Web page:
By Tom Gotuaco, RFP®
Nowhere is insurance more relevant to you today than in the area of health. Health is the #1 line of insurance among 12 broker categories tracked by the Insurance Commission. And nowhere is health insurance more relevant to you today than in the field of financial planning because health insurance protects you from losing your money in the event of a medical emergency – the most common cause of financial insecurity!
How can you save money, or invest in a home, education, or retirement, if you or someone you love keeps losing money to medical emergencies? Sure, inpatient cases only happen 10% of the time, but cost thousands of pesos; and outpatient cases only cost hundreds of pesos, but happen 300% of the time (3x per person per year)! So it’s not if you will see a doctor, but when. And when you do, would you rather be protected with health insurance, or would you rather assume the risk? Would you rather pay a small premium, or pay a big bill upon checkout?
Health insurance can be either Medical Insurance or HMO. In my previous MoneySense article entitled “Choosing the Best HMO for your SME” (May-June 2012), I noted that HMO plans absolutely dominate the employee benefits landscape. The reasons are obvious: 1) most employees do not like to cash out and file for reimbursement; 2) most employees do not want to decrease their outpatient limits in order to increase their inpatient limits; and 3) most employers and employees prefer the simpler design of an HMO to the complicated design of medical Insurance. But you can throw out this logic when we talk about individuals.
While it is true that an HMO offers you a network of accredited doctors, hospitals and clinics (unlike medical insurance), and stops you from losing your money through its no-cash-out feature, medical insurance allows you to manage your own health (seek your own treatment), and makes you financially whole through reimbursement. So in a very real sense, both medical insurance and HMO can be said to protect your health and wealth in their own separate ways.
Why medical insurance?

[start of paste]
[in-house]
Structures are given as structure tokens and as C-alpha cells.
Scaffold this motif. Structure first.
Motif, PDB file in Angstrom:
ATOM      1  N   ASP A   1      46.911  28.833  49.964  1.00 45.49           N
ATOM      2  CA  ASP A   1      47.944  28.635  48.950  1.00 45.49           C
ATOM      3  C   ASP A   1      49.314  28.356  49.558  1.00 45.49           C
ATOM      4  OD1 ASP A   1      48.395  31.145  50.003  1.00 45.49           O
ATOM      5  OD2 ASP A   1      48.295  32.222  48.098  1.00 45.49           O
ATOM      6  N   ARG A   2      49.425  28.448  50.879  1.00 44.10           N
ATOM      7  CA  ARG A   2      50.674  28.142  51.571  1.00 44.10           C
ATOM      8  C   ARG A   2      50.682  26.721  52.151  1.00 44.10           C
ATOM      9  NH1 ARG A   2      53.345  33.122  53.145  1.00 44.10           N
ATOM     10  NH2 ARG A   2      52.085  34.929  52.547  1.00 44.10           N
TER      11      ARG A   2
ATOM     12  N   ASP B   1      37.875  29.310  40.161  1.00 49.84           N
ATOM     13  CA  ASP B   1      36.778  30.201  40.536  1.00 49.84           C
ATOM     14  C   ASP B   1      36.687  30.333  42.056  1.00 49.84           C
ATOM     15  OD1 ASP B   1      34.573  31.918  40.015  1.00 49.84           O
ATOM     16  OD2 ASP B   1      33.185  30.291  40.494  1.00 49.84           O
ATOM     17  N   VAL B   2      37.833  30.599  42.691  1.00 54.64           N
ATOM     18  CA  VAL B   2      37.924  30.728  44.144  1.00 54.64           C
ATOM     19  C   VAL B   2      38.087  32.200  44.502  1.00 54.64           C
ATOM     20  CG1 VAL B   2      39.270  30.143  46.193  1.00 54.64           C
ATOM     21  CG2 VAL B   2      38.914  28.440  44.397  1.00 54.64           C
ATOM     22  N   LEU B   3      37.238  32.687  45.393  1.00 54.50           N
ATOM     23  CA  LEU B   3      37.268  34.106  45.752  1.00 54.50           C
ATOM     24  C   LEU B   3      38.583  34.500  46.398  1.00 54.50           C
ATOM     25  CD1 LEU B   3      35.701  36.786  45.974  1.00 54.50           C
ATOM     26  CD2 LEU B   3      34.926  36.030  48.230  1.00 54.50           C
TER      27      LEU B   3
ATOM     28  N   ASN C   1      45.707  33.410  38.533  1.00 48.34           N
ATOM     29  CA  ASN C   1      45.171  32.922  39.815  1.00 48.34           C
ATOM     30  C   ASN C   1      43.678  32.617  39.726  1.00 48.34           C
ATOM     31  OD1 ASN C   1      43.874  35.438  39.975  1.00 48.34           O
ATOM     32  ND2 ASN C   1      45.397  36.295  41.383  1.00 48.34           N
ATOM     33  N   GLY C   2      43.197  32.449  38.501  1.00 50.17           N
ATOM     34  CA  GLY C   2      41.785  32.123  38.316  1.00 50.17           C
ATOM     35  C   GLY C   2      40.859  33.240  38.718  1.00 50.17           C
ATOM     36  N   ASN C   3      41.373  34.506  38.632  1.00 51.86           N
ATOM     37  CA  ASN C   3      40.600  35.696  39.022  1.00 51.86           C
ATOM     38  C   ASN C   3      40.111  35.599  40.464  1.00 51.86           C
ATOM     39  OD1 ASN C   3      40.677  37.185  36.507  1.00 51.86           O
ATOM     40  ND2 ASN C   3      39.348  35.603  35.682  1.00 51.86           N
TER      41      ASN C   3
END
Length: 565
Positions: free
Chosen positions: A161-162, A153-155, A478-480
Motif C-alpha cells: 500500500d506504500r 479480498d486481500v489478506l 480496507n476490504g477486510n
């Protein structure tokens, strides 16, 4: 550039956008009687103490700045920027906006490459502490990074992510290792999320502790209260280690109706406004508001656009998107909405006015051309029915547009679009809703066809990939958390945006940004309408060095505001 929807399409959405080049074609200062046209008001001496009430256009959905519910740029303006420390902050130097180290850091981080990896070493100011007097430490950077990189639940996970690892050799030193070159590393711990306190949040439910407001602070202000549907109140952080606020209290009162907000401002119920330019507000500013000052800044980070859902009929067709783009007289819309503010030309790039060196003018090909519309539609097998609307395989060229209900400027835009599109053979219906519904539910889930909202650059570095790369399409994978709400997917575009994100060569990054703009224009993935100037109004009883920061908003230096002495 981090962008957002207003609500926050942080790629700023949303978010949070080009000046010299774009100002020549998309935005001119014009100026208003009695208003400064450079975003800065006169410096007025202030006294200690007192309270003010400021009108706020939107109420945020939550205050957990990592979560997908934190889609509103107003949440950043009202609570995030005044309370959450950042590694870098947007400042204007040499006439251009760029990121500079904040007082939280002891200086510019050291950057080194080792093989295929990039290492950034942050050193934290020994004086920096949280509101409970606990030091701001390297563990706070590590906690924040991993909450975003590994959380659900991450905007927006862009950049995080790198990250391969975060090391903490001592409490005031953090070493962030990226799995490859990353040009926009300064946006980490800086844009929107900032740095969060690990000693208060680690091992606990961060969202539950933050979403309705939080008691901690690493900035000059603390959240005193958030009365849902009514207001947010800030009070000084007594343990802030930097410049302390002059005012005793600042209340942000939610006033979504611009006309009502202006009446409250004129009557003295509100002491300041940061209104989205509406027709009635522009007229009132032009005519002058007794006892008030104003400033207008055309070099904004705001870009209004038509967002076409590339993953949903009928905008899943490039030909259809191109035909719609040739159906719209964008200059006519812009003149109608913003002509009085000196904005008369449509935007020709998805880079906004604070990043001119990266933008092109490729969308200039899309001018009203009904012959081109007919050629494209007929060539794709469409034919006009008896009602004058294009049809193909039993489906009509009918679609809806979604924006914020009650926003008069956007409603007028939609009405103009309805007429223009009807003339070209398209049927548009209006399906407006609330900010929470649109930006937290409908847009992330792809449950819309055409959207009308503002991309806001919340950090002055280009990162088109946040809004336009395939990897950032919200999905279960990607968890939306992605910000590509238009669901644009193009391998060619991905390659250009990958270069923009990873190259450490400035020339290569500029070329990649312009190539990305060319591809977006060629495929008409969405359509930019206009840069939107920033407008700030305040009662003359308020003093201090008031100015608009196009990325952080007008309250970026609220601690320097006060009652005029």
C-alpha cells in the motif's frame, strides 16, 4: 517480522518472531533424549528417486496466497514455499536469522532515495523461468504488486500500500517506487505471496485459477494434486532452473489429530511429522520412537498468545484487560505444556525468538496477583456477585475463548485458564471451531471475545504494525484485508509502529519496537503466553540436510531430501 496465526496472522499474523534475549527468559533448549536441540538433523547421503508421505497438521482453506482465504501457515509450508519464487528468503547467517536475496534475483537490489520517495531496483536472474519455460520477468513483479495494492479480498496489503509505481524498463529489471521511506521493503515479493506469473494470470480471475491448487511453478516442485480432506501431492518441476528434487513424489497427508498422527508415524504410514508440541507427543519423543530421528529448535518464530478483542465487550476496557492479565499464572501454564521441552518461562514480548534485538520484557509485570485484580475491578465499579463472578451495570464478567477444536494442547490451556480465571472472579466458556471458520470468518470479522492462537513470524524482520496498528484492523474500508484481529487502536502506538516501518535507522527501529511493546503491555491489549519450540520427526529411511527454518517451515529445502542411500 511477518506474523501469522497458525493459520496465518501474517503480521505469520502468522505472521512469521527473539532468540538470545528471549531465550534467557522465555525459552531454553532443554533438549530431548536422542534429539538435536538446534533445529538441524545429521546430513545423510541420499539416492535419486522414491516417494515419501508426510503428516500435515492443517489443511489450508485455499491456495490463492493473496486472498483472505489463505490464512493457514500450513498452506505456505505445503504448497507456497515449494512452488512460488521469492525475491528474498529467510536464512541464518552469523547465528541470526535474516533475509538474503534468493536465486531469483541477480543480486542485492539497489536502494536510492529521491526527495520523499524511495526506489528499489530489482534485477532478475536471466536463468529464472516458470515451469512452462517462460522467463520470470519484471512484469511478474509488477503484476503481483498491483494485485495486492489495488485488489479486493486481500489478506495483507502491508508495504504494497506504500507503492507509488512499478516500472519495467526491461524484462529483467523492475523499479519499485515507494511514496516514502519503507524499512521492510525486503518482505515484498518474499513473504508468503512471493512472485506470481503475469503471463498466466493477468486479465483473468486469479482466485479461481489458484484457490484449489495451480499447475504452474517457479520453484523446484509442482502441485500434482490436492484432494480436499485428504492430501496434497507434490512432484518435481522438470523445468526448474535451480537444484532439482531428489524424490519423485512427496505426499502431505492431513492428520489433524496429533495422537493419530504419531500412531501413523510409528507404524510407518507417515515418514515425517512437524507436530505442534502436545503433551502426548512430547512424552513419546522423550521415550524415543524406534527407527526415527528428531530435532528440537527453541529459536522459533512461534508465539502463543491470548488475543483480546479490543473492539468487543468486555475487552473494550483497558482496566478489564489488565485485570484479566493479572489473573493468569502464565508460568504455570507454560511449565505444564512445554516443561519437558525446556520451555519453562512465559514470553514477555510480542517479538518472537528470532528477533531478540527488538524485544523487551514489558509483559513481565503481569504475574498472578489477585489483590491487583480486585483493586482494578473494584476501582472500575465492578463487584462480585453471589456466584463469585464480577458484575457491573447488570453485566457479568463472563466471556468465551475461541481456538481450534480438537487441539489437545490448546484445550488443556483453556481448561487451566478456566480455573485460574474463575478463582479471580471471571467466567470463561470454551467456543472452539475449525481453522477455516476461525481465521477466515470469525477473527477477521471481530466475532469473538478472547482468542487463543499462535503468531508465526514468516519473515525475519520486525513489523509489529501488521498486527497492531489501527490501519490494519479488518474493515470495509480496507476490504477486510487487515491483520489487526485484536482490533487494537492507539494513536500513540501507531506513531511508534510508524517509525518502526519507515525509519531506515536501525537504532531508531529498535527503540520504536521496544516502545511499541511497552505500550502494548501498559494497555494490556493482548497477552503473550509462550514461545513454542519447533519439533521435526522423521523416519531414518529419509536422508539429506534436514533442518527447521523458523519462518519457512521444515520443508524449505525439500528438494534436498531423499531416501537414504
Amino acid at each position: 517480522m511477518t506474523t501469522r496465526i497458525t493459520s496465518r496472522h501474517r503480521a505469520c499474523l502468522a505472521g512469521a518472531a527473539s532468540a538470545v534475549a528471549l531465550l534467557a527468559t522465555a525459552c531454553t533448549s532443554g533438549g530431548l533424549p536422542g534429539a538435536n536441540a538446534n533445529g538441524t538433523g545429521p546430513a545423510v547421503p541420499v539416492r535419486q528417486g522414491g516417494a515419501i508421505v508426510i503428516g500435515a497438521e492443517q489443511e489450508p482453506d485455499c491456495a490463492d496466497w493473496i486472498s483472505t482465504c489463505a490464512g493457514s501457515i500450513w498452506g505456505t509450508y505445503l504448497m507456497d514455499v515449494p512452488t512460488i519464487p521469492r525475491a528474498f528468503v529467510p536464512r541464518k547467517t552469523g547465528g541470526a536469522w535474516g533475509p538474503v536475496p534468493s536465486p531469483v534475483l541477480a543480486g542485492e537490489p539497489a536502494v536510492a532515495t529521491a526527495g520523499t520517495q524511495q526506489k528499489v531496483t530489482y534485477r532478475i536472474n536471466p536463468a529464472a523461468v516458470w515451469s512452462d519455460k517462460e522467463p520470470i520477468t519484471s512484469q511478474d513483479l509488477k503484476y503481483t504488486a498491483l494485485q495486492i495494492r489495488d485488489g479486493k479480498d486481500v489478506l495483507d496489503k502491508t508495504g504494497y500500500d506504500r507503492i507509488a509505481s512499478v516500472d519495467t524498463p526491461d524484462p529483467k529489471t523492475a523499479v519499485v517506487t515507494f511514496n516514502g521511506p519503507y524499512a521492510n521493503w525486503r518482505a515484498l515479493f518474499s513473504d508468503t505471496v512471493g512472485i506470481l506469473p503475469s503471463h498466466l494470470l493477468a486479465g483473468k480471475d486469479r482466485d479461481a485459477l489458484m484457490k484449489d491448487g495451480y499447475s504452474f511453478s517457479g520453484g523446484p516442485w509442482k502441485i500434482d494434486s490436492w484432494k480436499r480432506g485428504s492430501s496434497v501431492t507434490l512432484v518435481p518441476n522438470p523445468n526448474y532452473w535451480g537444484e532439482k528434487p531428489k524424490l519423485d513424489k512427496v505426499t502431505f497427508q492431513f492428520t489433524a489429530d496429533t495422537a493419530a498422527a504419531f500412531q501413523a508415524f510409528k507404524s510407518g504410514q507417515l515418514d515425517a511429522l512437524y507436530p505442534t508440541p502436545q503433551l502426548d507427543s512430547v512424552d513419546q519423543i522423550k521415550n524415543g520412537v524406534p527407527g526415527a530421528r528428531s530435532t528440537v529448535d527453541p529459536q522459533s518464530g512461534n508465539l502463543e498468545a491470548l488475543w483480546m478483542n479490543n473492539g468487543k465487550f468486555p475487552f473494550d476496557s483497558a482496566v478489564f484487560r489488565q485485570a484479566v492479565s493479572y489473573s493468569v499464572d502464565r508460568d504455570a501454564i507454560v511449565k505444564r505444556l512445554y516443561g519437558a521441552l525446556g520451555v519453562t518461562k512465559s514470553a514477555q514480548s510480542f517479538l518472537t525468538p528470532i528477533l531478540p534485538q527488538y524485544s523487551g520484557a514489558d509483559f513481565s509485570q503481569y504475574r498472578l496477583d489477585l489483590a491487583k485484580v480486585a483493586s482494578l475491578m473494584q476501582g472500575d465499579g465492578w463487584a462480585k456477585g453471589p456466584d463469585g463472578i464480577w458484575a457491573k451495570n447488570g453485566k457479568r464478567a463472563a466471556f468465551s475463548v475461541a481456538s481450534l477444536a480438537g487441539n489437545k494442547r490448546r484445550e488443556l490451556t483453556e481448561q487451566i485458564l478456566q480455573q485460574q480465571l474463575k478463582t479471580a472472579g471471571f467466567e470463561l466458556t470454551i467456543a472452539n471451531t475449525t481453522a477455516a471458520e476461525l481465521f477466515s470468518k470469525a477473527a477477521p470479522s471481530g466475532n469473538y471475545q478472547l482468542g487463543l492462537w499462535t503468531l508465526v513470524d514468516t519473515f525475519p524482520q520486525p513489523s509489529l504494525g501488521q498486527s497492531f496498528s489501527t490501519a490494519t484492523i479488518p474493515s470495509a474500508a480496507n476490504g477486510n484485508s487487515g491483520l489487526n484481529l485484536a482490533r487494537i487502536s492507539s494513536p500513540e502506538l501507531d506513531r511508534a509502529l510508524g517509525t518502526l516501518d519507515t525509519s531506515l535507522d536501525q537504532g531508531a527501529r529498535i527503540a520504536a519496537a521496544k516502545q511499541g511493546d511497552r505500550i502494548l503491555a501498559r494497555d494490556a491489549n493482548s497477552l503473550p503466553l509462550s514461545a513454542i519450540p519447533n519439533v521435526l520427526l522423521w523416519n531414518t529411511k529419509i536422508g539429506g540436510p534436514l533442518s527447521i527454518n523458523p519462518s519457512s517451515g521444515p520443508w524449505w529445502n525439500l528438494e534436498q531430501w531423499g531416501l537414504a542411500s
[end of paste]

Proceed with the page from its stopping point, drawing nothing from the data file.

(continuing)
If you are the type who prefers to have your own choice of doctor, hospital or clinic worldwide for reimbursement, outpatient benefits that include non-HMO goodies such as prescribed medicines, and much bigger inpatient limits, then go with medical insurance: it offers limits that match your risks (smaller limits for smaller outpatient risks; bigger limits for bigger inpatient risks), and can provide the most financial protection against a Big One (even if it only happens 1% of the time).
Why HMO ?
If you are the type who prefers to have a nationwide network of doctors, hospitals and clinics for no-cash-out, seamless inpatient, outpatient and emergency room benefits, and combined inpatient and outpatient limits per disability per year, then go with HMO; it offers the more user-friendly limits, and can provide the most financial protection against multiple sicknesses or accidents (as their room and board and maximum benefit limit combinations are good up to 99% of the time).
So which should you get: medical insurance or HMO? Ultimately, that choice is up to you! Do you want to protect against the frequency of outpatient, or do you want to protect against the severity of inpatient? If you protect against frequency, you risk being wiped out because of severity; if you protect against severity, you risk being wiped out because of frequency. It’s a calculated risk – unless you are willing to either splurge on: 1) medical insurance with higher outpatient limits; 2) HMO with higher inpatient limits; or 3) both medical insurance and HMO for their inpatient and outpatient limits, respectively (i.e., augmenting a regular HMO plan with an inpatient-only medical insurance plan).